This year I’m giving each nominated work for the Hugo and Nebula novel awards their very own entry after I read them.

The Wheel of Time by Robert Jordan and Brandon Sanderson was an epic journey to read. I actually finished it a while ago, but I’m not sure what to write about it. I’m not sure how to approach the series as a whole, especially since it’s been months since I read the first one at this point.

I remember being a bit put off by the characters at first. I read a comment on io9 once about a trio of books that I personally enjoyed, the Crystal Singer books by Anne McCaffrey. The comment complained that those books were “female adolescent wish fulfillment.” I’m not entirely sure why that is such a bad thing, when so many books with male protagonists are simply “male adolescent wish fulfillment,” but the commenter seemed to be scornful of those books. And in the beginning of The Wheel of Time, so much time was spent on those teenage boys as the center of the world. The girls were there to be foils, to aid and to guide, but they could never be the Dragon.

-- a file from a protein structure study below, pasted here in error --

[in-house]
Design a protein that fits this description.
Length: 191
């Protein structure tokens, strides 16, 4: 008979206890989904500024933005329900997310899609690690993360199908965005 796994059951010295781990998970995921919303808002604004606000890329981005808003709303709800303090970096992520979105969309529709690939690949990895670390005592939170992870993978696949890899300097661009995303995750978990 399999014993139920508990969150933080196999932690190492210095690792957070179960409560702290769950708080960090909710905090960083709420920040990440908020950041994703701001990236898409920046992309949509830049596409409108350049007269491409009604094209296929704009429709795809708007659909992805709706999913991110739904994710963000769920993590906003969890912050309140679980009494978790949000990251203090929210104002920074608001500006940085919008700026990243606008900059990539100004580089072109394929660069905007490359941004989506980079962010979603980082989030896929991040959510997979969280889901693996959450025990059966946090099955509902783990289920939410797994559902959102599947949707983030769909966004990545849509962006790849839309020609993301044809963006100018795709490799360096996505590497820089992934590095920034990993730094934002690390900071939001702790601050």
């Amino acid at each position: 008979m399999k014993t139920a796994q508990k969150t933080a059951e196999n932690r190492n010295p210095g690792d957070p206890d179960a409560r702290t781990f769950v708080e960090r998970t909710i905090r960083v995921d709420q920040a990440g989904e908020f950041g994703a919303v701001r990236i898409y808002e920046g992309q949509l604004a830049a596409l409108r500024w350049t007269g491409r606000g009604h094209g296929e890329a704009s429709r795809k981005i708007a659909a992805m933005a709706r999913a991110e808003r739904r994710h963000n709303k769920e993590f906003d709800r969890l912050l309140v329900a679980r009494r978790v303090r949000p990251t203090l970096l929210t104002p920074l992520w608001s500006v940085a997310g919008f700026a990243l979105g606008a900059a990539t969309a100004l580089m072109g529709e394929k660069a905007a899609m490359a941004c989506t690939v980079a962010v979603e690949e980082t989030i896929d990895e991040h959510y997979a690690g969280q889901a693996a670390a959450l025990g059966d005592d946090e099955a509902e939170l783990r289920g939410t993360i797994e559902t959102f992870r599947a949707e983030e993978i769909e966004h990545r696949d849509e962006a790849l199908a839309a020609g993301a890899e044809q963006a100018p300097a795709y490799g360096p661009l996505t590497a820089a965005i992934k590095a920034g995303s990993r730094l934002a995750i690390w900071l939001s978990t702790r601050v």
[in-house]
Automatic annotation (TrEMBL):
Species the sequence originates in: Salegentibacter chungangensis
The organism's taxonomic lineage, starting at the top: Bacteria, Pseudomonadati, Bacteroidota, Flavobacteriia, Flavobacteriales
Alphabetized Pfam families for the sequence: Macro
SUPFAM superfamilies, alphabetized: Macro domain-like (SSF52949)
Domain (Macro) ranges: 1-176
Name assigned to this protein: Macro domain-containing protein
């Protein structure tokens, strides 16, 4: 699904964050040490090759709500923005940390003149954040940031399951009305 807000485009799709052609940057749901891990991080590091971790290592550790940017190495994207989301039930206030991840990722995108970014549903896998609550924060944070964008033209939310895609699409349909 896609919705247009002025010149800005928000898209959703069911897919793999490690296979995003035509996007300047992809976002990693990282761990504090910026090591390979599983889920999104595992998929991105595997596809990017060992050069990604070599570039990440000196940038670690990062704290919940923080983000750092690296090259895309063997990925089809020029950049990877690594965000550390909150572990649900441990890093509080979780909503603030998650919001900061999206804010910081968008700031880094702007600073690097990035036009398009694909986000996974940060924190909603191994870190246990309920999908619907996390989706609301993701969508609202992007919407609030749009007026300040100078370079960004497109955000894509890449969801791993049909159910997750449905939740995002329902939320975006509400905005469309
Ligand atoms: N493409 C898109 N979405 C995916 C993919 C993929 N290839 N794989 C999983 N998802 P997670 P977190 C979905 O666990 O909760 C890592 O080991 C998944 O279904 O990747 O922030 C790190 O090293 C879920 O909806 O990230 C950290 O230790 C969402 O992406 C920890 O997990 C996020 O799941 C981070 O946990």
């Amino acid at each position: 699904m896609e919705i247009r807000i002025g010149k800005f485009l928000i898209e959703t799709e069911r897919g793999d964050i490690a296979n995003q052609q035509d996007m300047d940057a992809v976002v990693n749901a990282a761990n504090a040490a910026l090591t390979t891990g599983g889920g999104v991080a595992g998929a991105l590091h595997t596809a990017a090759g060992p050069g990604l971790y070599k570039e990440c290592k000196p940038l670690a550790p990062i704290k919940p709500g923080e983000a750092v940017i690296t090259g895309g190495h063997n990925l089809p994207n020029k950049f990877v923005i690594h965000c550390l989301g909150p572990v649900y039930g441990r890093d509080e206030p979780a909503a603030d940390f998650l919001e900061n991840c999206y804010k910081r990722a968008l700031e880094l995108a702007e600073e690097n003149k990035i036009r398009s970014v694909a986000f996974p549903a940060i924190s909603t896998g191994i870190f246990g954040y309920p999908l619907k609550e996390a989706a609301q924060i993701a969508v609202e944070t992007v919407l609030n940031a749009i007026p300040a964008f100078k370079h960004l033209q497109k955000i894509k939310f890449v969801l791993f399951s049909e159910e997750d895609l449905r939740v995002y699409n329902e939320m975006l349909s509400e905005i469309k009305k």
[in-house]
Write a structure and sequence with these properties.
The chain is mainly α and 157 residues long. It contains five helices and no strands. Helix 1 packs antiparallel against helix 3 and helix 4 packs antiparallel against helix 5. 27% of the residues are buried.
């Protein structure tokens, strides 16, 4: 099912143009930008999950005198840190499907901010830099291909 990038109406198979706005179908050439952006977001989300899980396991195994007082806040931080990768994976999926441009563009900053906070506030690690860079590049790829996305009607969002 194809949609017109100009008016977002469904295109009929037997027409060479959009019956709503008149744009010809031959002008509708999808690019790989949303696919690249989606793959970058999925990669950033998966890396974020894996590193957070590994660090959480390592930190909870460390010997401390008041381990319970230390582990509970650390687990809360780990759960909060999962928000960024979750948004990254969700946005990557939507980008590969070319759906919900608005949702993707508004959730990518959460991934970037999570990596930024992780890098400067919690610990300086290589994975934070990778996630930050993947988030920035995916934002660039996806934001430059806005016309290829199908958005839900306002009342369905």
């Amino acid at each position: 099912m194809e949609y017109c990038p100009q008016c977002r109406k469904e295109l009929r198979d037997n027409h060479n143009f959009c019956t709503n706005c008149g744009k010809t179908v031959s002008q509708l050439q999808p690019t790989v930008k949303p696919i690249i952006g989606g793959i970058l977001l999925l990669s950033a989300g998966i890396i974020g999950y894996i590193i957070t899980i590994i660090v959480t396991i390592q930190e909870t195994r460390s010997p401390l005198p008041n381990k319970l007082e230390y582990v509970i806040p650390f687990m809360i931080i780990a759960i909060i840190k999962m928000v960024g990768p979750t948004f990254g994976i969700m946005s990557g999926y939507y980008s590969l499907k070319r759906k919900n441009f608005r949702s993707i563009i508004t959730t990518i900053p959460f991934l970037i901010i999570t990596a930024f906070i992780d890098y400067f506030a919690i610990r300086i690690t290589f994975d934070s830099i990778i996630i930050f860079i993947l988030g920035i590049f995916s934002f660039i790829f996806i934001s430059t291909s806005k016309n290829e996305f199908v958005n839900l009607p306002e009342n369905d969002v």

And yet, the girls came along. They gained agency and became involved in their own interesting and necessary stories. Rand became more and more of an asshole, and it seemed to me that the women around him were all that stopped him from prematurely falling prey to the rage that threatened to consume him. Even if his emergence from that shadow was entirely on his own (possibly aided by his father, up for debate).

I enjoyed reading the books. I am glad that I didn’t read them when I was younger, because I really hate waiting for books. When I have to wait a year for the next book only to find that the loose end upon which I have been hanging is not only not resolved, but is hardly mentioned, I get a little batty. Much better to wait for a series and catch up. And I think that there would have been books that I would have been very eager to read, had I started back when Scott Foster told me to in 2000.

The ending made sense to me, even if I didn’t like the particular ends of some characters. There weren’t completely unreasonable kills or saves. The loose ends that would have had me counting the days until the release of the next book were tied up sufficiently without implying an end to the lives of the characters that survived.

It seemed as if I had read some parts of them before, and I’m not sure if that’s because I had or because they were similar to other things that I’ve read. I’m pretty sure I once had a sampler book of one of these books, but I also remember never wanting to read it. There may have been some desperate time that I opened it, but maybe not. 

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